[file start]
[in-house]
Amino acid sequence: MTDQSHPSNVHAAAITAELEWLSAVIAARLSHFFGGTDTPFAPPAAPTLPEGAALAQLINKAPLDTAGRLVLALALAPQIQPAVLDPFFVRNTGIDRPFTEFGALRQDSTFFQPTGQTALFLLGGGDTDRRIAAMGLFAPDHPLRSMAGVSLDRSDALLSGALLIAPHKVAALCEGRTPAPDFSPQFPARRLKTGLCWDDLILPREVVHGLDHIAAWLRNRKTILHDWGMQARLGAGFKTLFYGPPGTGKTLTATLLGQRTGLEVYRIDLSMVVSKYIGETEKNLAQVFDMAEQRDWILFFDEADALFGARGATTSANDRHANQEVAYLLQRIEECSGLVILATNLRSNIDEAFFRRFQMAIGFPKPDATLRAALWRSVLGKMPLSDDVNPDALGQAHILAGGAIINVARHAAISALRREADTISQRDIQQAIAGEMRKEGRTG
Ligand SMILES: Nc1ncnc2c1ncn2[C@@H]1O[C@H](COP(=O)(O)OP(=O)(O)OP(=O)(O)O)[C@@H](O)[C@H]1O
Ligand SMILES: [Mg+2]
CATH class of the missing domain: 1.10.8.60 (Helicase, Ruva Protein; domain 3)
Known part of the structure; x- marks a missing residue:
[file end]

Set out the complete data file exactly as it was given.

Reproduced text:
[in-house]
Amino acid sequence: MTDQSHPSNVHAAAITAELEWLSAVIAARLSHFFGGTDTPFAPPAAPTLPEGAALAQLINKAPLDTAGRLVLALALAPQIQPAVLDPFFVRNTGIDRPFTEFGALRQDSTFFQPTGQTALFLLGGGDTDRRIAAMGLFAPDHPLRSMAGVSLDRSDALLSGALLIAPHKVAALCEGRTPAPDFSPQFPARRLKTGLCWDDLILPREVVHGLDHIAAWLRNRKTILHDWGMQARLGAGFKTLFYGPPGTGKTLTATLLGQRTGLEVYRIDLSMVVSKYIGETEKNLAQVFDMAEQRDWILFFDEADALFGARGATTSANDRHANQEVAYLLQRIEECSGLVILATNLRSNIDEAFFRRFQMAIGFPKPDATLRAALWRSVLGKMPLSDDVNPDALGQAHILAGGAIINVARHAAISALRREADTISQRDIQQAIAGEMRKEGRTG
Ligand SMILES: Nc1ncnc2c1ncn2[C@@H]1O[C@H](COP(=O)(O)OP(=O)(O)OP(=O)(O)O)[C@@H](O)[C@H]1O
Ligand SMILES: [Mg+2]
CATH class of the missing domain: 1.10.8.60 (Helicase, Ruva Protein; domain 3)
Known part of the structure; x- marks a missing residue: